In Rotary we like to 1. Promote peace. 2. Fight disease. 3. Provide clean water, sanitation and hygiene. 4. Save mothers and children 5. Support education 6. Grow local economies. So donate a portion of your funds to the six causes of Rotary. This will help it be more successful. 
 
Ideas: weekend boat in, group cruise to Mexico with silent auction onboard, comedy show, jazz music festival, classic car show…. 
Concert One is the event the Ferndale club is putting on. They only have 9 members, so they are bringing in Greyson Chance, pop musician, to Mt Baker Theater. Selling 1500 seats. Skela is opening for Greyson. The proceeds go to five local charities that help women, children and people in need. They are already planning next years. They intend to keep this going year after year. More information is on our Facebook page. 

Announcements: 

  • New Rotary directories are available – take one for home and one for car! 
  • September 11th at Vibe at 5PM – High Stakes Leadership Presentation 
  • Fireside September 17th at 6:30 at Jerry Deeter’s house 
  • Beer tasting  September 20th at 5:30 at Naveen’s house 
  • September Community Service Project is the food drive with Lions Club to benefit Fishline September 20 and 21 at Walmart, Central Market and Red Apple Grocery. Sign up with Jim Schlachter. 
 
Check presentation to Walker Salas from Troup 1571 for his Eagle Scout Project
Check presentation to Walker Salas from Troup 1571 for his Eagle Scout Project.
 
Project – Walker and ten volunteers built two bridges over the creek at Centennial Park – donation from Rotary was $1500 from the Community Service Committee.
 
Blue badges to Mitch Sudy, Rob Thomas and David Hedderly-Smith.
Membership: Cheryl Harris presented new blue badges to Mitch Sudy, Rob Thomas and David Hedderly-Smith. Each new member receives a red name badge. After completing a series of new member tasks designed to help them fully participate in the activities of the club, they receive a blue name badge. 
 
John Ackenhusen induction
John Ackenhusen was inducted as a transferring Rotary member from Michigan, with a resounding YES! Jim Martin is his sponsor and Rand Hillier is his mentor. 
 
Duda and Leo
Youth Exchange Students Duda and Leo gave their reports about starting school, riding a school bus for the first time, and attending the Puyallup State Fair with Joe Hulsey and Mary Gorman. 
 

Our Gems and our Gents Building Character, Developing Scholars, and Preparing Leaders

by Harriette Bryant and Vicki Collins
 
Harriette Bryant and Vicki CollinsThis is the 10-year anniversary of OurGEMS: Our Girls Empowered through Mentorship and Service. 
 
Currently OurGEMS is in 18 schools in Kitsap County and expanding all the time. The program started with 9 girls and there are over 400 involved now. The second set of participants are in advanced degree programs in college. 
 
The purpose of the program is to “hone the gems” that are the young women who participate. The program starts in elementary school (8 year olds) and moves with the girls through high school, college and beyond. Those involved form strong bonds with each other for support and empowerment.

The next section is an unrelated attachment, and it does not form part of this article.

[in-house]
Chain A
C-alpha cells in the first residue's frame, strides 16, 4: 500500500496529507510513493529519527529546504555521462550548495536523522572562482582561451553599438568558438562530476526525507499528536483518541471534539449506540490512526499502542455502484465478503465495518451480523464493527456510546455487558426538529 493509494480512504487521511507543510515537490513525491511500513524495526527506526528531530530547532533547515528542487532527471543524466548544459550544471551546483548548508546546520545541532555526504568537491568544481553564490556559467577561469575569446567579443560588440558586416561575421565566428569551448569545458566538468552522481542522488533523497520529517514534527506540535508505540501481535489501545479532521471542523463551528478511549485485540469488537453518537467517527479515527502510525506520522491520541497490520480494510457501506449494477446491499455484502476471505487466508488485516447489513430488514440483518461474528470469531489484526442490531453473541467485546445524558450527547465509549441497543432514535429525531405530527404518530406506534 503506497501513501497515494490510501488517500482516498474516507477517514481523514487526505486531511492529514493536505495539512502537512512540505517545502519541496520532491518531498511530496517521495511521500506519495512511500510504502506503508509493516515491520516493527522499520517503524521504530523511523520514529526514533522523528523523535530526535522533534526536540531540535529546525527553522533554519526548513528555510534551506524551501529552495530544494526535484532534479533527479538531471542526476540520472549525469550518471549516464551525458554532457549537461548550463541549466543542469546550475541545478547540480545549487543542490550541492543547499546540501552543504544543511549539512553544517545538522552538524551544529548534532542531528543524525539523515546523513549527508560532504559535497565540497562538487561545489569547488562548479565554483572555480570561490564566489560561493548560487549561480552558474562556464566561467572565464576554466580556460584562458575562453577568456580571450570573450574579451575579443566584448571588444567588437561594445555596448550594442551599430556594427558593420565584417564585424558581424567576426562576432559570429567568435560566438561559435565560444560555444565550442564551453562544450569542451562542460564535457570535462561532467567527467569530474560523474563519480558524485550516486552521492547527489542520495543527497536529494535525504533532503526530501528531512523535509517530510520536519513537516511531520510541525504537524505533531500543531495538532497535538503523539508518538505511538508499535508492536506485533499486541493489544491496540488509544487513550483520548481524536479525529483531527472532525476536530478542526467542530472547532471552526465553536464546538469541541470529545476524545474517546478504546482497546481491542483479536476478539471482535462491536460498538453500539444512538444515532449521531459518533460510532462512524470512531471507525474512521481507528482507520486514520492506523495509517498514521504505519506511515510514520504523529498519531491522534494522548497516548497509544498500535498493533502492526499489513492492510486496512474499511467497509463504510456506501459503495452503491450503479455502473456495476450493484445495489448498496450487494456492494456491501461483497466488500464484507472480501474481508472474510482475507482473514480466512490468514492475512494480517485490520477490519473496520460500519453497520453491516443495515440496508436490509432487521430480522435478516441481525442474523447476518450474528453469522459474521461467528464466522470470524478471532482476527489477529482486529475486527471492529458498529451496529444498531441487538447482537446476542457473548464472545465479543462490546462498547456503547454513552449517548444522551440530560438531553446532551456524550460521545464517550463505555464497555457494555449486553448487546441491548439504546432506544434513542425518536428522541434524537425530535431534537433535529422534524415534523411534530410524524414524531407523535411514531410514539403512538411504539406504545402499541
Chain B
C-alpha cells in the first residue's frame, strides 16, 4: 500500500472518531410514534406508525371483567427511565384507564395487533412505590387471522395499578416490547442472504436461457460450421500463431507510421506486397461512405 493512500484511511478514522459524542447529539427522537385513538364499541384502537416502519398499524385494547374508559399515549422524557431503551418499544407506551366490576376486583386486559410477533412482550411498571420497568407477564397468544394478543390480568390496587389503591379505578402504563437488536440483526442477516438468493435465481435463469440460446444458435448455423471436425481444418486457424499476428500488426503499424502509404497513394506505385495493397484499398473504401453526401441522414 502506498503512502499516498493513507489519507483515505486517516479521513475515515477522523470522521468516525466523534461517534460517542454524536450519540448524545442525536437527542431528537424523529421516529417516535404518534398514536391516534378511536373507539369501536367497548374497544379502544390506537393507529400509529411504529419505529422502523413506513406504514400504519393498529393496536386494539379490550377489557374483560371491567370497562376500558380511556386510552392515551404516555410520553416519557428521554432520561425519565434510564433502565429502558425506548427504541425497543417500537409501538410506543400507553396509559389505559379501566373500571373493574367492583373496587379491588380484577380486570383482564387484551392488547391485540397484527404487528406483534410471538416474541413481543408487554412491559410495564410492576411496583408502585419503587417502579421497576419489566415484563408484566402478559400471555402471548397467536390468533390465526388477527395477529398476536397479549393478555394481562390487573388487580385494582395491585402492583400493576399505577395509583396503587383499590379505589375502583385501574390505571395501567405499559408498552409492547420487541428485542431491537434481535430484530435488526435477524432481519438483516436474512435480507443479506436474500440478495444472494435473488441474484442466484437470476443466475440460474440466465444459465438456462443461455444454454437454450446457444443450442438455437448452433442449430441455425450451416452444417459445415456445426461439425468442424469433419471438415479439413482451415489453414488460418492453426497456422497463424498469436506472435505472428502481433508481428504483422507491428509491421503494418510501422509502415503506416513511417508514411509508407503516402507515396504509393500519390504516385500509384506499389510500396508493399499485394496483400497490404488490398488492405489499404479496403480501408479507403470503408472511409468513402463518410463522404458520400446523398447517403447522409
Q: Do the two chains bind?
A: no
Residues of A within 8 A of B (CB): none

There is also a program called OurGents for young men – this program started 2 years ago with 2 young men and now there are 8. 
 
More mentors are needed. A passion for helping youth is all that is needed. Contact www.ourgems.org or call 360-930-1493.
 

Rotary Auction Update – Michele Doyle, Chair

Michele DoyleDATE IS OCTOBER 26TH at Sons of Norway

Dinner tickets are $75 per person – event is at the Sons of Norway. 

Sponsorship packet has been sent out------PLEASE RESPOND to Lori Cloutier.

Please volunteer to help with silent or live auction donations.

If you don’t plan to attend, please make a donation and encourage friends to come.

Live registration will be available online next week.

 

 

Rotary Volunteer Hours – Cindy Putman

We would like to tell our community not only what we donate in dollars to causes, but also the hours we donate. Starting next week, please indicate next to your name when you sign in how many hours you have worked on Rotary causes the past week. The first entry (or any entry!) will be for hours worked since July 1. Try to remember how much you volunteered, and write it next to your name or initials Then going forward, hours will be recorded for weekly efforts: Boots on the ground, working on a project, committee meetings, trying to get donations/sponsors, and so forth. 
 

Notice

President Kathy Rayment lead off the meeting by reporting the results of the ballot measure to be the official sponsor of a new Poulsbo area Rotary Club. The vote was 45-4 in favor of sponsoring the new club. After the vote and announcement, a point of order was made requesting an open discussion on the topic. It was felt that sufficient discussion had not taken place prior to the vote. We were reminded that approximately two weeks prior, President Elect Nick Johnson presented the idea to the club and ample time was given for questions at that point plus people had two weeks to seek answers to any questions.